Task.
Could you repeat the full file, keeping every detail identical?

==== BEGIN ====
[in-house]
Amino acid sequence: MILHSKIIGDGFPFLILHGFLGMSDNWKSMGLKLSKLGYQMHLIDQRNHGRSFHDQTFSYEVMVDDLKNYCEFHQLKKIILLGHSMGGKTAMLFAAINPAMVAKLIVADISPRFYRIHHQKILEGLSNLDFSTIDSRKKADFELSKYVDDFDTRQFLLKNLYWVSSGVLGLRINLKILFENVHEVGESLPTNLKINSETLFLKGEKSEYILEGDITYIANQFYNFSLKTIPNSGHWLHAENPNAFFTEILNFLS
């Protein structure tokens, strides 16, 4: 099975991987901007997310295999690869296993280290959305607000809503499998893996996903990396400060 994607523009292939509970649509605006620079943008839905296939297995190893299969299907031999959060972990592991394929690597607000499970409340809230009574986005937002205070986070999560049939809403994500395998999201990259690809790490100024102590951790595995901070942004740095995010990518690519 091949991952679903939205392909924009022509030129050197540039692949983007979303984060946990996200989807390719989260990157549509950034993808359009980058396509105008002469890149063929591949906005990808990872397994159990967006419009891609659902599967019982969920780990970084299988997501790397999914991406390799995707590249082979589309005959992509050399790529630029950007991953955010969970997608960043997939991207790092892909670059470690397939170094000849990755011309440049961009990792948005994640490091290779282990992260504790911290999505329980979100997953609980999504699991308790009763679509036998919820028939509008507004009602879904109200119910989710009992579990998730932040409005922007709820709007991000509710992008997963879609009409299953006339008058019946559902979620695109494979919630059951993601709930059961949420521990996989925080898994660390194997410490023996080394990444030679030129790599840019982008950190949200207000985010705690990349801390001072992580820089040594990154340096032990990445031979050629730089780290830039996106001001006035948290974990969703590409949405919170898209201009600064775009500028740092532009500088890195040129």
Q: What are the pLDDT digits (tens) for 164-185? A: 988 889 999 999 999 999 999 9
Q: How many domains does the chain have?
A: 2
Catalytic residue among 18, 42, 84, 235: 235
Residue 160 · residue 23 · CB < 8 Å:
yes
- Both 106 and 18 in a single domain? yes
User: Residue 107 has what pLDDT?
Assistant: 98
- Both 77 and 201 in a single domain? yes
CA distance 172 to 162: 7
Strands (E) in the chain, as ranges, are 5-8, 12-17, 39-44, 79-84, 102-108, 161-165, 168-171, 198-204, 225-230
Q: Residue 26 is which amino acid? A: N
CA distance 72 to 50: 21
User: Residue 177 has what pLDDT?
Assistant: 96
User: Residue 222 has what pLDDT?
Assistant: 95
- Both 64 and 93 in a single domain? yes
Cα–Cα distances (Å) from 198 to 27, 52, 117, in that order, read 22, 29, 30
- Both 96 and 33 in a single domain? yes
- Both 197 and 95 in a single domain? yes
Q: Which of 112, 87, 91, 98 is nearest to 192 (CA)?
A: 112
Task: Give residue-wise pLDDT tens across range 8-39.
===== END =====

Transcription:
[in-house]
Amino acid sequence: MILHSKIIGDGFPFLILHGFLGMSDNWKSMGLKLSKLGYQMHLIDQRNHGRSFHDQTFSYEVMVDDLKNYCEFHQLKKIILLGHSMGGKTAMLFAAINPAMVAKLIVADISPRFYRIHHQKILEGLSNLDFSTIDSRKKADFELSKYVDDFDTRQFLLKNLYWVSSGVLGLRINLKILFENVHEVGESLPTNLKINSETLFLKGEKSEYILEGDITYIANQFYNFSLKTIPNSGHWLHAENPNAFFTEILNFLS
């Protein structure tokens, strides 16, 4: 099975991987901007997310295999690869296993280290959305607000809503499998893996996903990396400060 994607523009292939509970649509605006620079943008839905296939297995190893299969299907031999959060972990592991394929690597607000499970409340809230009574986005937002205070986070999560049939809403994500395998999201990259690809790490100024102590951790595995901070942004740095995010990518690519 091949991952679903939205392909924009022509030129050197540039692949983007979303984060946990996200989807390719989260990157549509950034993808359009980058396509105008002469890149063929591949906005990808990872397994159990967006419009891609659902599967019982969920780990970084299988997501790397999914991406390799995707590249082979589309005959992509050399790529630029950007991953955010969970997608960043997939991207790092892909670059470690397939170094000849990755011309440049961009990792948005994640490091290779282990992260504790911290999505329980979100997953609980999504699991308790009763679509036998919820028939509008507004009602879904109200119910989710009992579990998730932040409005922007709820709007991000509710992008997963879609009409299953006339008058019946559902979620695109494979919630059951993601709930059961949420521990996989925080898994660390194997410490023996080394990444030679030129790599840019982008950190949200207000985010705690990349801390001072992580820089040594990154340096032990990445031979050629730089780290830039996106001001006035948290974990969703590409949405919170898209201009600064775009500028740092532009500088890195040129």
Q: What are the pLDDT digits (tens) for 164-185? A: 988 889 999 999 999 999 999 9
Q: How many domains does the chain have?
A: 2
Catalytic residue among 18, 42, 84, 235: 235
Residue 160 · residue 23 · CB < 8 Å:
yes
- Both 106 and 18 in a single domain? yes
User: Residue 107 has what pLDDT?
Assistant: 98
- Both 77 and 201 in a single domain? yes
CA distance 172 to 162: 7
Strands (E) in the chain, as ranges, are 5-8, 12-17, 39-44, 79-84, 102-108, 161-165, 168-171, 198-204, 225-230
Q: Residue 26 is which amino acid? A: N
CA distance 72 to 50: 21
User: Residue 177 has what pLDDT?
Assistant: 96
User: Residue 222 has what pLDDT?
Assistant: 95
- Both 64 and 93 in a single domain? yes
Cα–Cα distances (Å) from 198 to 27, 52, 117, in that order, read 22, 29, 30
- Both 96 and 33 in a single domain? yes
- Both 197 and 95 in a single domain? yes
Q: Which of 112, 87, 91, 98 is nearest to 192 (CA)?
A: 112
Task: Give residue-wise pLDDT tens across range 8-39.